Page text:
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Brazil and Europe

Brazil and Europe | :: The 4th Era :: | Scoop.it

Via Seth Dixon
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Gene Gagne's curator insight, November 20, 2015 7:59 PM

I would say. Just imagine three mega cities like Rio de Janeiro, population 11,960,000 then Buenos Aires with a population of 13,530,000 and finally Sao Paulo with the Southern Hemisphere's largest metropolitan area with a population of 19,920,000 with 2 more Mega cities to be added by 2025.

Kevin Nguyen's curator insight, November 24, 2015 11:52 AM

I cannot believed the size of Brazil is at this scale because we don't hear a lot about it as being a world power. It shows that even though the country is this big, most of the land is uninhabitable due to the forests and geography of the land. In addition, from history class one cannot imagine a small country like Portugal controlled a big country as Brazil from the colonial times. Seeing this map with all these European countries inside of it with some space leftover, one can see the massive size of this South American country.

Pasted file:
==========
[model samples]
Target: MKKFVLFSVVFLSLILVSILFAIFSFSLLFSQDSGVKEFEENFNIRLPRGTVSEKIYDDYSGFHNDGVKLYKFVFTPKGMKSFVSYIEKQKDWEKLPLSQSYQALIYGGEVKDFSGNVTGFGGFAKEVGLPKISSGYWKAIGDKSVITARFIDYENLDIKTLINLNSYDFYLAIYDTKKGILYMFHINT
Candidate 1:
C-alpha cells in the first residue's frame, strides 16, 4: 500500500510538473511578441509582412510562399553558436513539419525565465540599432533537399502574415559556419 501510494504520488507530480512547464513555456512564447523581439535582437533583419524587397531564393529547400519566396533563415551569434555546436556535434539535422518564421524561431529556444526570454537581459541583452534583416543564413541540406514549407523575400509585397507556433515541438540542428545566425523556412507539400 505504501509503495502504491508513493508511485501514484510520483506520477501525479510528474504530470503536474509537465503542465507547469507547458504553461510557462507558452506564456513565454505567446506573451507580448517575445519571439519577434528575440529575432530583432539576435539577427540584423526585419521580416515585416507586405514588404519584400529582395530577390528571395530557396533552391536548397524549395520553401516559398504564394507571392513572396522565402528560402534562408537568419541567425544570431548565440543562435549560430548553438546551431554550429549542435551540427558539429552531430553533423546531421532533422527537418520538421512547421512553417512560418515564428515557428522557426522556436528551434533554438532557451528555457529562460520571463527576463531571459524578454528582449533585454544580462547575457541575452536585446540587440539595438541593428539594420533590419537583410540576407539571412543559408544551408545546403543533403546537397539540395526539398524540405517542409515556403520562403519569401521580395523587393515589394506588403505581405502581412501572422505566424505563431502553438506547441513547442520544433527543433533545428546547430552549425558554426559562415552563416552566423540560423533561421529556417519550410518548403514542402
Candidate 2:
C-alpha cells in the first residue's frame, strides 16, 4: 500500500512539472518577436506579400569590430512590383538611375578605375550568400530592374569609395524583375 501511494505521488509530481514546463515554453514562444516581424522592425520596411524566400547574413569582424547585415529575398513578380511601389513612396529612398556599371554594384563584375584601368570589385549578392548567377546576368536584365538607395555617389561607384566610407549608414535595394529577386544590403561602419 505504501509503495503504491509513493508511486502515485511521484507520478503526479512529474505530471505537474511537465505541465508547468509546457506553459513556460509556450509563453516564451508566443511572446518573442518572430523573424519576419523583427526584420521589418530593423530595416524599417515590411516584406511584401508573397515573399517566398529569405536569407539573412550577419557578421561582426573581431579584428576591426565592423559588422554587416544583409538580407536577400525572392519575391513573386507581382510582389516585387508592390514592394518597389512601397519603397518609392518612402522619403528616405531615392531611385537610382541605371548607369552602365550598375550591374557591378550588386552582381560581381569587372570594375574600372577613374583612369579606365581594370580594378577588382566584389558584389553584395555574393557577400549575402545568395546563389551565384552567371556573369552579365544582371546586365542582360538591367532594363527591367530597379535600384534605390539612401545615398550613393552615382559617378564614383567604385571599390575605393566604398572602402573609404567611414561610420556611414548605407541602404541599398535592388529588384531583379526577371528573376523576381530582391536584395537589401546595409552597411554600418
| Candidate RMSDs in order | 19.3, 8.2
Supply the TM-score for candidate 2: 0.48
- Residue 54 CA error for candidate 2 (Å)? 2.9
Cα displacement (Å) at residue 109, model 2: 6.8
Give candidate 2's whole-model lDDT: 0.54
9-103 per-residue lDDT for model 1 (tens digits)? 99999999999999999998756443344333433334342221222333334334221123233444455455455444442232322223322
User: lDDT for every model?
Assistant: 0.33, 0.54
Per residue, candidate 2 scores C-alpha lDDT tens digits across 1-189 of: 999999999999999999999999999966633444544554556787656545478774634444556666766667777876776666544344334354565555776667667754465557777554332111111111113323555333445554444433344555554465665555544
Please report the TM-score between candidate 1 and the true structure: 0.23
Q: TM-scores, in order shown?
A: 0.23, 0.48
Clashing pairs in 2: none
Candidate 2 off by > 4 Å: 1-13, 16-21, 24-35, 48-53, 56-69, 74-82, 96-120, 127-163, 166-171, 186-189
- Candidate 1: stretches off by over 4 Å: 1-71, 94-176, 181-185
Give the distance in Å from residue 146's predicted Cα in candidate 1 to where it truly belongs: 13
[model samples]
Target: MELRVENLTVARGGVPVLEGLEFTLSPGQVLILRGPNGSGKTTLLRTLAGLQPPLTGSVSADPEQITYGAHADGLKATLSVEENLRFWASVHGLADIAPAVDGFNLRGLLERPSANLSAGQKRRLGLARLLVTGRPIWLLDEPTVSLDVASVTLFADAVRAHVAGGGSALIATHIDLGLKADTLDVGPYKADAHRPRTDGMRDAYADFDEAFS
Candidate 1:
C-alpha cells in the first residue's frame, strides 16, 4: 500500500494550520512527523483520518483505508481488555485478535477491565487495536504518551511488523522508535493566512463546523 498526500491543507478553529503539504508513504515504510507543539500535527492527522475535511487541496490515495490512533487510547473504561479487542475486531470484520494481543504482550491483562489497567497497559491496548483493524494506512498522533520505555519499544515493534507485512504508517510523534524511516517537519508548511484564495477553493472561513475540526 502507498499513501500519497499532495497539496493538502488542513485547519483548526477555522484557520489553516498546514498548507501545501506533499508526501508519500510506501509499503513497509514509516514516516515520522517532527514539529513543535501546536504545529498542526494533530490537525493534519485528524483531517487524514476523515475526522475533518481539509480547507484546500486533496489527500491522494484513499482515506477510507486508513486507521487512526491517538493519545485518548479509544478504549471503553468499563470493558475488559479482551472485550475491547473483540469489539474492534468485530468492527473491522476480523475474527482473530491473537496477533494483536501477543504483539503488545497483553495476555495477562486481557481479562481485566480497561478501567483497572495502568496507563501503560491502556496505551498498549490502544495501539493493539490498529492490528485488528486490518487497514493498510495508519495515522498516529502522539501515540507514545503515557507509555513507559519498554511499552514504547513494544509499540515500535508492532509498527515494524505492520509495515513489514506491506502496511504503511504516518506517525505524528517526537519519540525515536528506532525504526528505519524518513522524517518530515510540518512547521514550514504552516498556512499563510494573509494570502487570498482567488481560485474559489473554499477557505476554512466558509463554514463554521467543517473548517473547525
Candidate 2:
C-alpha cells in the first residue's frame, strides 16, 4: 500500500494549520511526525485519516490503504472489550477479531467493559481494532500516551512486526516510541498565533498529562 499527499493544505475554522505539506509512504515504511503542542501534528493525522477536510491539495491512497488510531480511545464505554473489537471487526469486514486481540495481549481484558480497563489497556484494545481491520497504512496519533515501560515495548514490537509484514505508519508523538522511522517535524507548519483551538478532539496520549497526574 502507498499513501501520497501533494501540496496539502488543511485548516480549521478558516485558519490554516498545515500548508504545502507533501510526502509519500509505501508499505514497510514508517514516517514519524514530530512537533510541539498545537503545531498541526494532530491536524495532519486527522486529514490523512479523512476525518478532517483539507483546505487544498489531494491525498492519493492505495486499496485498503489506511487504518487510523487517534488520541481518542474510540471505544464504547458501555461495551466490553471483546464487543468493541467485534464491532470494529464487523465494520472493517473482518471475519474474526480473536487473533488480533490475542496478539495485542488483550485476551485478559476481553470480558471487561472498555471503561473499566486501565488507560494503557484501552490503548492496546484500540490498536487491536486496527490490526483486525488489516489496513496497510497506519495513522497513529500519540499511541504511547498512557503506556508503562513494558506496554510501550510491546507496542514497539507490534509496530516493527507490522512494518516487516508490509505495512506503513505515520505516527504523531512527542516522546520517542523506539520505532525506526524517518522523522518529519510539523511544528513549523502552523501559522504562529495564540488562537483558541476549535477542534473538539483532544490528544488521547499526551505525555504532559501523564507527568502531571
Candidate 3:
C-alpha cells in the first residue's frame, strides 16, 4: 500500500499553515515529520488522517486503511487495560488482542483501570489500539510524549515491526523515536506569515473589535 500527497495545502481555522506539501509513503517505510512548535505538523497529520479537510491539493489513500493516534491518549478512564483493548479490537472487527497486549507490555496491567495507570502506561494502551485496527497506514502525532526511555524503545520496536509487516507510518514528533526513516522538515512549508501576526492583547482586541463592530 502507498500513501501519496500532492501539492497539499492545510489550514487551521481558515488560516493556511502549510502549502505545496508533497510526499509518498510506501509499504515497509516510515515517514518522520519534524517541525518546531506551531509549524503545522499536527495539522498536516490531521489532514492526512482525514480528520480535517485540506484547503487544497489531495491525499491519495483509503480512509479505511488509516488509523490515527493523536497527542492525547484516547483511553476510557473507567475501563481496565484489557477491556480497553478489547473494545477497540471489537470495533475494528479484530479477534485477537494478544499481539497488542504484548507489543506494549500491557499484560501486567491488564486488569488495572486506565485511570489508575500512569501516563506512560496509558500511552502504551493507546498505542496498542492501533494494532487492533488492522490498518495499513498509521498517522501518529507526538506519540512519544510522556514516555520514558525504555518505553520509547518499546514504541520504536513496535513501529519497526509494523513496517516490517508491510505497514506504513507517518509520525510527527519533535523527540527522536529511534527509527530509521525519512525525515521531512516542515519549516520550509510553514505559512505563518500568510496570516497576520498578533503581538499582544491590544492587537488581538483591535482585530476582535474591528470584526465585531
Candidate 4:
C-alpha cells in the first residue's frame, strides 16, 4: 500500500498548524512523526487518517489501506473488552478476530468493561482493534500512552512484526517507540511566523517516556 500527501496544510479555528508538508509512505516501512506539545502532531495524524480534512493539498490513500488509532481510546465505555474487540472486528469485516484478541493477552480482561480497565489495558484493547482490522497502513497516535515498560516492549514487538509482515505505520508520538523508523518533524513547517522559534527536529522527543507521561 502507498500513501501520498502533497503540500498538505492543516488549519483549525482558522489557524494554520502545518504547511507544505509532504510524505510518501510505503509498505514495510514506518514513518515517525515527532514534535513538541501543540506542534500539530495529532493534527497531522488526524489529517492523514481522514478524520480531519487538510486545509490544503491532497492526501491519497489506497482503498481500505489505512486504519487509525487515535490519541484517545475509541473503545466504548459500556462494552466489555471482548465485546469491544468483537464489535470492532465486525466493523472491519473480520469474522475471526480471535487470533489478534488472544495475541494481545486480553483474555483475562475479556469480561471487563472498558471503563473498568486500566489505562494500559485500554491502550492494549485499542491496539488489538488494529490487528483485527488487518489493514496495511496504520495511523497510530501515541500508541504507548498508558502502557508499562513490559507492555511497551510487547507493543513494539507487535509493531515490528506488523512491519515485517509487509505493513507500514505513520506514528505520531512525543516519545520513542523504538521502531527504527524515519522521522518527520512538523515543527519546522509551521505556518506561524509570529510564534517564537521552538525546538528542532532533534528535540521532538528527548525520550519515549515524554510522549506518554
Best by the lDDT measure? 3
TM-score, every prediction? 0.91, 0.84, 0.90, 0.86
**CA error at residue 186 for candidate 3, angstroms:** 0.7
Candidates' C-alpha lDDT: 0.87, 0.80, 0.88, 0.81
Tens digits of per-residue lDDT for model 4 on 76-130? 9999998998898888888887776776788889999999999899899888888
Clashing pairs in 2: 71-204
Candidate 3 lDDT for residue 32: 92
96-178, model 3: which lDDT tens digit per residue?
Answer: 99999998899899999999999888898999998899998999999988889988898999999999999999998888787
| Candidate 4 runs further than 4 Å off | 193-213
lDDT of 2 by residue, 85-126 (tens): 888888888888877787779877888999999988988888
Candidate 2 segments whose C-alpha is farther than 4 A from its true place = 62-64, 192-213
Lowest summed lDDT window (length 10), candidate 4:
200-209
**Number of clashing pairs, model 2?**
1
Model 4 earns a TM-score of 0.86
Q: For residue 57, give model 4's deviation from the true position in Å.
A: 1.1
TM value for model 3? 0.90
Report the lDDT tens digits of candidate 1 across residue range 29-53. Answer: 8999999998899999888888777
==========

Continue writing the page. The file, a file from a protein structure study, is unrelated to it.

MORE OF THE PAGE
Adam Deneault's curator insight, December 7, 2015 12:47 PM
This link to show me a picture of Europe fitting in Brazil is astounding! I never realized how large this country was until it was put together like a puzzle for me. For a single country to be that large that you would be able to fit an entire continent inside is absurd. That really goes to show that looks can be deceiving.
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Inside an Amazon Warehouse


Via Seth Dixon, Luciana Viter
Jim Lerman's insight:

Must be a mighty difficult place to work in.